"Eighty-four percent of our scoring is back this season, and that was without Jessica," Lucas said. "So knowing we're going to have her presence on the court is going to be really exciting. We're looking forward to this year. Her going through her situation last year definitely had an effect on us. It was definitely a struggle not only for her but for the team. We've always had the talent, but with Jessica back I think we're more consistent."

Duke has continued as a steady force toward the top of the ACC in Joanne P. McCallie's three-plus seasons at the helm, and the Blue Devils got off to a quick 6-0 start, some via double-digit wins against established major programs.

The floor leader—albeit now from the off-guard spot instead of the point—is classy senior Jasmine Thomas, the preseason ACC player of the year. Fellow seniors Krystal Thomas, a center, and wing forward Karima Christmas also start, along with hot-shooting forward Kathleen Scheer, who moved from deep down the bench into a starting role.

Handling the point from game one has been 5-foot-7 freshman Chloe Wells. Among the other freshmen, the 6-foot-3 wing Haley Peters has had the biggest impact, while forward Richa Jackson and guards Chelsea Gray and Tricia Liston also get time as McCallie figures out how to mix 11 talented players.

"I just think the chemistry just happens naturally every day in practice," McCallie said. "We talk about a competitive cauldron and we're pretty serious about it. I think all of [the freshmen] are going to play a pivotal role."

Jasmine Thomas said it's fun to watch the youngsters moving into the plan so quickly.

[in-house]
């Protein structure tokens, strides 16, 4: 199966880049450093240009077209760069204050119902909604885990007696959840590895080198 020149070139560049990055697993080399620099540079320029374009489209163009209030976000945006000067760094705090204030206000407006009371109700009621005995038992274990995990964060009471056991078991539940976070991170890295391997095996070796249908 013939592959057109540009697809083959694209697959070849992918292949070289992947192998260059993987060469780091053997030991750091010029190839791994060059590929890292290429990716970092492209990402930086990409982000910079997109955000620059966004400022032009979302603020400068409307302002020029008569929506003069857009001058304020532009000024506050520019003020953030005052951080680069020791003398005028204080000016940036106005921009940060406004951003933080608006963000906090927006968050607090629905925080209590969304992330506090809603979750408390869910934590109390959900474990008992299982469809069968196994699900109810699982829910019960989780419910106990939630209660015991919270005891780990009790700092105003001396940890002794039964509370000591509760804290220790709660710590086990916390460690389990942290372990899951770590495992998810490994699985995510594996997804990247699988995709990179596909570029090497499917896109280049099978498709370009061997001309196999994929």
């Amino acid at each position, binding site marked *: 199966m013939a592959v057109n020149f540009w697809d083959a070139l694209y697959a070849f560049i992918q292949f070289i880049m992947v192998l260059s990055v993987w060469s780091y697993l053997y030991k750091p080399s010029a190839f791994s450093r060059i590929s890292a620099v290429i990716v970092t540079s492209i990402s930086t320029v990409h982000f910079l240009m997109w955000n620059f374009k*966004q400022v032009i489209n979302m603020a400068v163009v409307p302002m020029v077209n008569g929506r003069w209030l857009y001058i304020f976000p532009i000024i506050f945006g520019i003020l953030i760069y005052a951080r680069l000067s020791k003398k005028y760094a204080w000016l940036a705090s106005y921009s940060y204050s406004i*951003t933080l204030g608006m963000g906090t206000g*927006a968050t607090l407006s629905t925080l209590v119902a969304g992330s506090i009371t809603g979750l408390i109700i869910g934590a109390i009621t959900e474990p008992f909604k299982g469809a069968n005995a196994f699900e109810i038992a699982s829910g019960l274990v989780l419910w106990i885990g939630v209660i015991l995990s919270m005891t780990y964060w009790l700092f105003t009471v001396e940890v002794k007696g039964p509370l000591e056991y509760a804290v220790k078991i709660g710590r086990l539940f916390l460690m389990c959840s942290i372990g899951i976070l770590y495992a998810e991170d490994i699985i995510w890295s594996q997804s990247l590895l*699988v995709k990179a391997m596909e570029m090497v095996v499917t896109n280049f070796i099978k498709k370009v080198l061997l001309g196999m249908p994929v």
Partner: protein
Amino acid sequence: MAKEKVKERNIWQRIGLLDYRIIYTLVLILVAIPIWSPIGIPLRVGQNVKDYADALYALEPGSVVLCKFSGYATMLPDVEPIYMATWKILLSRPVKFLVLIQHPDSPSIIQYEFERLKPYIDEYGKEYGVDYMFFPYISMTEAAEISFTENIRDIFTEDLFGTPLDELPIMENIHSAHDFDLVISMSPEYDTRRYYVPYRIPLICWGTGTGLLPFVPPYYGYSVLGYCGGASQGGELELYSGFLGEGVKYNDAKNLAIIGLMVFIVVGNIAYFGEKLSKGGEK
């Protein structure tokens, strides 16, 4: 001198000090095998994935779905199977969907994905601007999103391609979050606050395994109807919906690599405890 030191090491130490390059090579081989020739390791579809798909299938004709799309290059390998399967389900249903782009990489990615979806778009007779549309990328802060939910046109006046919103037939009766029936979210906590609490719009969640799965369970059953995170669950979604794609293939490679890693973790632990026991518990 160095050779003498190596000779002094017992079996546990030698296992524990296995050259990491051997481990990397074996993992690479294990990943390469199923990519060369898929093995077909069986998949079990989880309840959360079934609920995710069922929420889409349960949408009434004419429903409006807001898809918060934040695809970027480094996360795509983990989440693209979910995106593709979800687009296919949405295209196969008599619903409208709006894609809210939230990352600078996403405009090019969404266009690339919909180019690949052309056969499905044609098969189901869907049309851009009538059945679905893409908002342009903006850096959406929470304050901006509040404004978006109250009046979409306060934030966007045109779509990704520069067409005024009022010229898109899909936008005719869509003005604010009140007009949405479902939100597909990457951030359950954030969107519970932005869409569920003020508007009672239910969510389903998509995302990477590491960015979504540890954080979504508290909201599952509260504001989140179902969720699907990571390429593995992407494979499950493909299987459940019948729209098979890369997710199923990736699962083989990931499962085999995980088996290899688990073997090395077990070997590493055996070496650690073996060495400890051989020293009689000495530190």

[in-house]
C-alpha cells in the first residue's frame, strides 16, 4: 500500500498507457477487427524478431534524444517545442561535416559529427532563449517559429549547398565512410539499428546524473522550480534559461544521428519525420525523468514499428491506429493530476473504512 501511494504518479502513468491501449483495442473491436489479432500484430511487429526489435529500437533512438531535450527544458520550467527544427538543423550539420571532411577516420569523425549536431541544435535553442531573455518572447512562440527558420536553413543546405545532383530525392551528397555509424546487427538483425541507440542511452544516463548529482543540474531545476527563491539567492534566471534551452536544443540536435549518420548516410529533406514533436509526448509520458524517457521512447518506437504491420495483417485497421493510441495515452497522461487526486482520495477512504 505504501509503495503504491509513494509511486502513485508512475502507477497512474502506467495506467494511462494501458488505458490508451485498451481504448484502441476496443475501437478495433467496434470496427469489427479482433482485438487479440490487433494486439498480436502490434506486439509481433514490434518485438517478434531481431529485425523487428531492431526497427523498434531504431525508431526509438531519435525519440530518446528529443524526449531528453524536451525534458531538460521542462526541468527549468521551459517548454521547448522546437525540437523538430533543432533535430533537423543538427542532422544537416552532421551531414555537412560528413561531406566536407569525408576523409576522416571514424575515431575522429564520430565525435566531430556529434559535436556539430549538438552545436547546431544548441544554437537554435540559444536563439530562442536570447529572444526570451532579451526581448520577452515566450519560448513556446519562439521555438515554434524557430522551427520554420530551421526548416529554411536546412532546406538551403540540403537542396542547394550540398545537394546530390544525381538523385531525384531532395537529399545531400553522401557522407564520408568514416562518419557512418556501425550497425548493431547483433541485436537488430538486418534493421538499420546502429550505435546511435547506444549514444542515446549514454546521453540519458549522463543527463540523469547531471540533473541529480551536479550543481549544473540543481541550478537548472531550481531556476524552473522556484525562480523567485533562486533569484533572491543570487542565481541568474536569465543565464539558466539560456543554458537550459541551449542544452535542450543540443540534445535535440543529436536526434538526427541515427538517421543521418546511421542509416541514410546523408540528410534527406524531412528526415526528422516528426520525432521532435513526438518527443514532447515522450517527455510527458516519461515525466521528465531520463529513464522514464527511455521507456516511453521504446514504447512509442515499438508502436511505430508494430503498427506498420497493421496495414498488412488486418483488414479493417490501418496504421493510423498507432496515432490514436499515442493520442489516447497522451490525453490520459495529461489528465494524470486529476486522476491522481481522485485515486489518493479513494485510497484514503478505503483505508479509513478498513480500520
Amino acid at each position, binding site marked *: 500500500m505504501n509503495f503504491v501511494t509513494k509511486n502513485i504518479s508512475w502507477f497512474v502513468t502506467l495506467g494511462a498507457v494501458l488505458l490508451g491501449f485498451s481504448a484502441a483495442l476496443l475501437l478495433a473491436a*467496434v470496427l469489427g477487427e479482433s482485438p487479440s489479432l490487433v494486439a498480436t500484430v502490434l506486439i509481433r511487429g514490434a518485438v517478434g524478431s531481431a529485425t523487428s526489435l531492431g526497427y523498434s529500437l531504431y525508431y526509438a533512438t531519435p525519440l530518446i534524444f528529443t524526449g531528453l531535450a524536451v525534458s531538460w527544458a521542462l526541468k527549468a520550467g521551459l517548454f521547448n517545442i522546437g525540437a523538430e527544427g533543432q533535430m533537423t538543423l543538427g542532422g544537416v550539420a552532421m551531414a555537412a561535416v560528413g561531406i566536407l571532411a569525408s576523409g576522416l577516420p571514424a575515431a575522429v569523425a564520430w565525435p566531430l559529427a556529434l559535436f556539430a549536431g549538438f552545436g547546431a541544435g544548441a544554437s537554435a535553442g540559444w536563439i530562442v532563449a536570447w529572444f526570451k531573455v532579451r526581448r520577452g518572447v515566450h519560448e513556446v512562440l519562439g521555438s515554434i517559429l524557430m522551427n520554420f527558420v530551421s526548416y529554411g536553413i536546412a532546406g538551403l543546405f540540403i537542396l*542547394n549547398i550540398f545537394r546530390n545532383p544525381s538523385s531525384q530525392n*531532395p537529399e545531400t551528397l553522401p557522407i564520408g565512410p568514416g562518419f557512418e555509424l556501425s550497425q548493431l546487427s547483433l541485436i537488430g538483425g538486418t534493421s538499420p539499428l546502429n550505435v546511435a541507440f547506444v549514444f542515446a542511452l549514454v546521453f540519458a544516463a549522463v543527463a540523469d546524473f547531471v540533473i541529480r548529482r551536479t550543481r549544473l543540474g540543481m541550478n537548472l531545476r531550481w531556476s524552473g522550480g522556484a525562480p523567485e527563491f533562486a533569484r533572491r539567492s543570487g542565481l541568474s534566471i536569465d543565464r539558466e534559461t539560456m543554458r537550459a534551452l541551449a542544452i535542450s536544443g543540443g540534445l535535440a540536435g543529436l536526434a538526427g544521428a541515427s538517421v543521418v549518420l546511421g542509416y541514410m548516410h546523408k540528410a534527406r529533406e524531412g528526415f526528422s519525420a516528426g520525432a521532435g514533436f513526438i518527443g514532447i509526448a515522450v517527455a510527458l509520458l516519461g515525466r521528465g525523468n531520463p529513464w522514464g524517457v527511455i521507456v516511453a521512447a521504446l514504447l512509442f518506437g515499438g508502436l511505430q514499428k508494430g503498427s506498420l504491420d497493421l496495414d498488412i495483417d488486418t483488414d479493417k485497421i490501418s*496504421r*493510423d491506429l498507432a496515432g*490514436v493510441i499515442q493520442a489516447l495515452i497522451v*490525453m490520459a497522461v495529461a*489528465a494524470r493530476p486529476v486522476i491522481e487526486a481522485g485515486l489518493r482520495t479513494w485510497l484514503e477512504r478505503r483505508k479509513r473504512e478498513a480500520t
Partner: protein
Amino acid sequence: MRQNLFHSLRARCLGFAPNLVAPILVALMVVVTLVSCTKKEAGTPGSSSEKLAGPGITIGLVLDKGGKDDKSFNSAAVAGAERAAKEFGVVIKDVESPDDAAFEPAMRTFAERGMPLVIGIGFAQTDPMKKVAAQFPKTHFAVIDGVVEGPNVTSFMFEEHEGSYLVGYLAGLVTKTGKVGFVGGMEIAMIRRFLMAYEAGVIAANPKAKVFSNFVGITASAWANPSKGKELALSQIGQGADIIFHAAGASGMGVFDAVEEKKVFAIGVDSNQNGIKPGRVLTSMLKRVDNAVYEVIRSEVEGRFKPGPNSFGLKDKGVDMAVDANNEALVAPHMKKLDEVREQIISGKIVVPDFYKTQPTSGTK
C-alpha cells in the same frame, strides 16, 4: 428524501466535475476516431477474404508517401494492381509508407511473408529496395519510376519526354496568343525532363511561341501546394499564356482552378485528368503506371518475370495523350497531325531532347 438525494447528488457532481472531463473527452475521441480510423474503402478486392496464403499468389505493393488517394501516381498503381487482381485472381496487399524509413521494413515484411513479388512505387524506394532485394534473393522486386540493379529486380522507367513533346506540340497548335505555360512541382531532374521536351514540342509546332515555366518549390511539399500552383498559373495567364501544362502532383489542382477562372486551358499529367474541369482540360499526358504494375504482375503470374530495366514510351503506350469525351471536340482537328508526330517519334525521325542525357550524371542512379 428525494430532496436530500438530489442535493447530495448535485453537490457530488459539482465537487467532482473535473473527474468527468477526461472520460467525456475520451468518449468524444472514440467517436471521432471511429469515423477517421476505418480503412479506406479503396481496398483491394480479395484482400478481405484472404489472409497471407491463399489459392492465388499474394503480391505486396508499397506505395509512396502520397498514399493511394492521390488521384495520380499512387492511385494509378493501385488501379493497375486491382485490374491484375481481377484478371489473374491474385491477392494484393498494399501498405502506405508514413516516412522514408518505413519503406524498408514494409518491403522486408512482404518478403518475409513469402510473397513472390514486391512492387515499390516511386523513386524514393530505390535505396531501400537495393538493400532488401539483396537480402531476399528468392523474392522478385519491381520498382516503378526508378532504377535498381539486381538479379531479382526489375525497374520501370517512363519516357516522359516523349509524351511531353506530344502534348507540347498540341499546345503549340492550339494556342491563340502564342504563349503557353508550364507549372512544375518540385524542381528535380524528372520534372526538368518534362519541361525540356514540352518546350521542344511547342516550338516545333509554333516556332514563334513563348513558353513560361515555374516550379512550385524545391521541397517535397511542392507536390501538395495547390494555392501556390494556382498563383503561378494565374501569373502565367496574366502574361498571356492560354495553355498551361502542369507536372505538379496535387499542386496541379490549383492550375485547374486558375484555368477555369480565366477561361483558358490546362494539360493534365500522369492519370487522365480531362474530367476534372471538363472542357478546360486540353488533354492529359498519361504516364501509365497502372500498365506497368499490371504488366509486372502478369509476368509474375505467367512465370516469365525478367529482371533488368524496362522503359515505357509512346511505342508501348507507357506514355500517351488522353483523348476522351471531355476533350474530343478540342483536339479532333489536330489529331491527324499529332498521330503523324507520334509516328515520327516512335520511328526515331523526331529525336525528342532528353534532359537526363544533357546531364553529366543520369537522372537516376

"This team is better offensively than last season's team was, but not quite there defensively," Thomas said. "Offense is something that's coming natural to this team, but defensively we've got to come in and fine-tune that. Nothing short of what we did last year is acceptable. We want to be as good if not better than last year, and losing in the Elite Eight, we can be better. My goal is to go as far as we can."

The biggest problem N.C. State has is its geographic location. As has happened with a lot of Wolfpack men's teams in the recent past, State is a good, solid team that may be overshadowed by the two national powers a few miles to the west.

Charismatic guard Marissa Kastanek was ACC rookie of the year last season and hasn't lost a beat, while undersized (5-foot-11) but ferocious junior Bonae Holston holds down the middle with fifth-year senior Amber White at the point and sharpshooting classmate Brittany Strachan on the wing. Kody Burke, a 6-foot-2 Californian, is starting at forward and has so far made the greatest impact out of a nice recruiting class.

"We have to be overachievers and play extremely hard, and we've got a group that gets after it," said Harper, whose team started 3-4. "I want to put five people on the floor that can score, and we're getting there. And the kids buy into our defensive philosophy. We're aggressive and we feel like we have to be, being our size. Everybody's on the same page and is working together. We were able to make the NCAA Tournament last year with a team that just willed itself to win, and I was very happy about that."

White said she's familiar with the overachiever role, but her team embraces it. "We want to do better this year," White said. "One heartbeat—on paper we may not be the best team, so we have to outwork our opponents. We hold each other accountable because we need every piece of the puzzle to be the best we can be."